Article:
worse, but it reduces the effectiveness of treatments for schizophrenia. Marijuana use predicts an increase in the severity of psychotic symptoms.5

These evidences should be enough in and of themselves to renew efforts to diminish and not promote this pernicious substance, but this is only one of the health risks that Cannabis presents. What is important to note is that this illicit substance, touted as harmless to ‘most’ couldn’t be further from that, and its impact is not
restricted to mental health arena, but can and does inflict serious harm to users as the following outlines…

There is evidence of psychiatric, respiratory, cardiovascular, and bone toxicity associated with chronic cannabis use. Cannabis has now been implicated in the etiology of many major long-term psychiatric conditions including depression, anxiety, psychosis, bipolar disorder, and an amotivational state. Respiratory conditions linked with cannabis include reduced lung density, lung cysts, and chronic bronchitis.
Cannabis has been linked in a dose-dependent manner with elevated rates of myocardial infarction and cardiac arrhythmias. It is known to affect bone metabolism and also has teratogenic effects on the developing brain following perinatal exposure. Cannabis has been linked to cancers at eight sites, including children after in utero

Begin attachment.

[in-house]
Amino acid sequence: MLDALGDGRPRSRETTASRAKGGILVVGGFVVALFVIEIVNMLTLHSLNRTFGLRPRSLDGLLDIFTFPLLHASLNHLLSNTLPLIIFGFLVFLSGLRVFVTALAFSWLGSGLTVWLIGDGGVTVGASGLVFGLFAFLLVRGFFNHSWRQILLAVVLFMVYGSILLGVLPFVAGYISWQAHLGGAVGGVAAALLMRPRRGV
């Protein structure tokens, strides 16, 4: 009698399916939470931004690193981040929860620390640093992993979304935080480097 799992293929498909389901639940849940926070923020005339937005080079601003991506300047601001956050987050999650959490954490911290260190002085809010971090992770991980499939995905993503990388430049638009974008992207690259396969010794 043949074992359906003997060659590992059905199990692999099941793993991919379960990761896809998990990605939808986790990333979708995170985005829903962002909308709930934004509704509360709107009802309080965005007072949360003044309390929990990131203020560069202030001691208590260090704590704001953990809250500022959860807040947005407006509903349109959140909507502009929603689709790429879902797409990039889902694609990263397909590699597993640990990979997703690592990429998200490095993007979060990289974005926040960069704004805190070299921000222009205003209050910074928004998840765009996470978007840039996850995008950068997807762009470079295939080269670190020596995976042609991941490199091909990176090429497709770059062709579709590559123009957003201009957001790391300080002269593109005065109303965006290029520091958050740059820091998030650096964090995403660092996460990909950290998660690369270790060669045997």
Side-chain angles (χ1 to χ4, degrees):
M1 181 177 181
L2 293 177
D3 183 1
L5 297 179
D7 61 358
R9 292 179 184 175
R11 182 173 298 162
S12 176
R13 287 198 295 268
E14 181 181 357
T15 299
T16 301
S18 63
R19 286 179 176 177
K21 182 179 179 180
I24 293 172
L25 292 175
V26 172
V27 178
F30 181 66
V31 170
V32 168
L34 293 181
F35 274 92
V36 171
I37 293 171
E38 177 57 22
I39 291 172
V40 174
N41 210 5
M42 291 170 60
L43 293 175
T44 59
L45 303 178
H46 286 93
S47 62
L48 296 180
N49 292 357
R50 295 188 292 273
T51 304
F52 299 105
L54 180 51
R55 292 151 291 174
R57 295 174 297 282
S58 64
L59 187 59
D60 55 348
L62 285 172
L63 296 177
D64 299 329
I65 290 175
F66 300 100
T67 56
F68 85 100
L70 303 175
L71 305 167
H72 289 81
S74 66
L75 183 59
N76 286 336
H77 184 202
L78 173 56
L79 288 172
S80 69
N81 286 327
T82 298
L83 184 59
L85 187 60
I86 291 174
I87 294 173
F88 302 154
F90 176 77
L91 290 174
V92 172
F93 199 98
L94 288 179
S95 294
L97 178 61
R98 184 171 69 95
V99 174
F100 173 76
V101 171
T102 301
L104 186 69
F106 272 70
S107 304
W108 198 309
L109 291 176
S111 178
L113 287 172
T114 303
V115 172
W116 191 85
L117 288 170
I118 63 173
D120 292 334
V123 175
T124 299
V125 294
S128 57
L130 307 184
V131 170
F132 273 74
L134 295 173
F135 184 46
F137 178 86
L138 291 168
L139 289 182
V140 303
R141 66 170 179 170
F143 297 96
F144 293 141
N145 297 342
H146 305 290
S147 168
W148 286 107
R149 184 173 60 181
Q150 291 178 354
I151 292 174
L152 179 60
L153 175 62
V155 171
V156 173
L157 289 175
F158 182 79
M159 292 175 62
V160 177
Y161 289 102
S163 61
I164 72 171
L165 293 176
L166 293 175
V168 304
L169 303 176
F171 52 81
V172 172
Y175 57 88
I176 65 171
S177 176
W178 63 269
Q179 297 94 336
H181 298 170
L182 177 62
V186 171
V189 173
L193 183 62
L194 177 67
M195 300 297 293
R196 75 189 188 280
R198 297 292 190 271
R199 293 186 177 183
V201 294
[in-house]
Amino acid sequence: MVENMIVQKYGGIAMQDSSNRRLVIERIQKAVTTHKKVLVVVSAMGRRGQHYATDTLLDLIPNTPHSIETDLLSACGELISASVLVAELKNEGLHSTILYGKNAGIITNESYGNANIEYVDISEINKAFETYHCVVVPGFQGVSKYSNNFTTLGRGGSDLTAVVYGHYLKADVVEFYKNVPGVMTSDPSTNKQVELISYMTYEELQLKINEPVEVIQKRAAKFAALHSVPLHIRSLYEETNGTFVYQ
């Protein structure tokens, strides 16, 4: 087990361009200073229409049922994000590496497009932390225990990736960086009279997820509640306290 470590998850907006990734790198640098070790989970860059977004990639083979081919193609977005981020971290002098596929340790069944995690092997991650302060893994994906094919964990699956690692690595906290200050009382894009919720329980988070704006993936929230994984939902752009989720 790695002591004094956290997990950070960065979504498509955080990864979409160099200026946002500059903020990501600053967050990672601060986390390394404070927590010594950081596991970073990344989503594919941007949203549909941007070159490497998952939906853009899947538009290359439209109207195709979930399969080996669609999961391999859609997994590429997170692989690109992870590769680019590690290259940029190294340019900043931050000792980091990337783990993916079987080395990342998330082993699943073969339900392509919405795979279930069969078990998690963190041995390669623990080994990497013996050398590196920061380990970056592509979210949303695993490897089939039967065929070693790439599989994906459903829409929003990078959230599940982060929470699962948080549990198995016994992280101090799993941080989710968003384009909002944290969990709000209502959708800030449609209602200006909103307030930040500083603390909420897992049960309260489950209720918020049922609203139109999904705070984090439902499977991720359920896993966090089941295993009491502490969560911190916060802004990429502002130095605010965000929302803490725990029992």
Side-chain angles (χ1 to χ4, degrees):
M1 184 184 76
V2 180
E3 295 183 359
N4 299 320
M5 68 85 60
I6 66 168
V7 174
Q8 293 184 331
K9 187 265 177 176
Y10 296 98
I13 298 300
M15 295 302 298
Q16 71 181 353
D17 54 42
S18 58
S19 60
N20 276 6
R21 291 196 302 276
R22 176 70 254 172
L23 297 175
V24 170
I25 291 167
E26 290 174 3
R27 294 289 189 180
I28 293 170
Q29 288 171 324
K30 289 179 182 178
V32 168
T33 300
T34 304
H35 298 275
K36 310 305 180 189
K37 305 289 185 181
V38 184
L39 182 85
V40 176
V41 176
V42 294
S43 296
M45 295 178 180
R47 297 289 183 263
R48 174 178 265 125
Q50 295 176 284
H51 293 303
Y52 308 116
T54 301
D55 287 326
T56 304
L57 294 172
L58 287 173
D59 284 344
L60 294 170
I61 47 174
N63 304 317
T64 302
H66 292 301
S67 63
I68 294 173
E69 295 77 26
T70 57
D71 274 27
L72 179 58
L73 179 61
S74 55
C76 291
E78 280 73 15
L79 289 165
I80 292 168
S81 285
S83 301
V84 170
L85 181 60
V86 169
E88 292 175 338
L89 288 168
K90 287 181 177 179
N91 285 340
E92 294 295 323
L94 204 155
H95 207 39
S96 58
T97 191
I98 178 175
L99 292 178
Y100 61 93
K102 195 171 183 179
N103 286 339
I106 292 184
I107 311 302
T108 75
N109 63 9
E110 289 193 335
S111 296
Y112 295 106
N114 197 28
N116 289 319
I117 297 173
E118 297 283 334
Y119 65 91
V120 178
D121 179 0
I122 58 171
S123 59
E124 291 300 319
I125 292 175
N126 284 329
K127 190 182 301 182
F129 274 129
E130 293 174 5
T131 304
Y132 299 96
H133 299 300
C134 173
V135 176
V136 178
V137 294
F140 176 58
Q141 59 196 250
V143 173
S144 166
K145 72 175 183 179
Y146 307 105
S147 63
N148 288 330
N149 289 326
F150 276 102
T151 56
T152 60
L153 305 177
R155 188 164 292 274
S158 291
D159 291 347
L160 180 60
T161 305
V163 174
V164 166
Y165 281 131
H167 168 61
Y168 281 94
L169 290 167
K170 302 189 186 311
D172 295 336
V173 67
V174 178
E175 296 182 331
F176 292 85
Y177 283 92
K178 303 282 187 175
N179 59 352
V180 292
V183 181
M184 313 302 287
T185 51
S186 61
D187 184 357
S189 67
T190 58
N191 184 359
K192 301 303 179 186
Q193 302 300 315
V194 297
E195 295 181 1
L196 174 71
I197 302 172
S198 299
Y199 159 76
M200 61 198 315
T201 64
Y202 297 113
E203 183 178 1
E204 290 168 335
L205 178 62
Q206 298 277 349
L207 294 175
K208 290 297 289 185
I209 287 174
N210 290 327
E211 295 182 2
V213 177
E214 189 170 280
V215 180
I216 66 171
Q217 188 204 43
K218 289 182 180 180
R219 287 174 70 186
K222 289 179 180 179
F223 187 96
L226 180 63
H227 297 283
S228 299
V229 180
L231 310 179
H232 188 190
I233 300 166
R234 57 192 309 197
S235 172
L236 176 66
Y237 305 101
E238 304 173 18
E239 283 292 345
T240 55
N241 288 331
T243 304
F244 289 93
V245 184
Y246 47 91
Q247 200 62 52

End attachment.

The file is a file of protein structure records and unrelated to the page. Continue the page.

maternal exposure, and multiple molecular pathways to oncogenesis exist.

Chronic cannabis use is associated with psychiatric, respiratory, cardiovascular, and bone effects. It also has oncogenic, teratogenic, and mutagenic effects all of which depend upon dose and duration of use.6

It is time that responsible and health conscious Australians, particularly policy formulators and legislators take head to the scientific evidence that refutes the manipulative rhetoric of a few, if not malevolent, then staggeringly naïve activists; those who seek only to promote the ‘rights’ of a dysfunctional minority at the expense of the mental, social and physical
health of an entire generation. It’s time to prevent, not promote!

Source: www.dalgarnoinstitute.org.au www.nobrainer.org.au Feb.2011

1 http://www.abc.net.au/am/content/2011/s3132596.htm 2/8/2011
2 Prospective cohort study of cannabis use, predisposition for psychosis, and psychotic symptoms in young people Cécile Henquet, Lydia
Krabbendam, Janneke Spauwen, Charles Kaplan, Roselind Lieb, Hans-Ulrich Wittchen, Jim van Os (Paper for BMJ Online First bmj.com)
3 Cannabis Use and Earlier Onset of Psychosis A Systematic Meta-analysis Matthew Large, BSc(Med), MBBS, FRANZCP; Swapnil Sharma, MBBS,
FRANZCP; Michael T. Compton, MD, MPH; Tim Slade, PhD; Olav Nielssen, MBBS, MCrim, FRANZCP Arch Gen Psychiatry. Published online February 7,
2011. doi:10.1001/archgenpsychiatry.2011.5
4”Cannabis – suicide, schizophrenia and other ill effects: a research paper on the consequences of acute and chronic cannabis use.” Drug Free Australia March 2009
5 Marijuana, Schizophrenia and Jared Loughner – Commentary; Institute for Behaviour and Health (Jan 2011)
6 ‘Chronic toxicology of cannabis Dr. ALBERT STUART REECE Medical School, University of Queensland, Highgate Hill, Brisbane, QLD, Australia –
Clinical Toxicology (2009) 47, 517–524 Copyright © Informa UK, Ltd. ISSN: 1556-3650 print / 1556-9519 online DOI: 10.1080/15563650903074507
LCLT REVIEW Cannabis toxicology (taken from Introduction summary)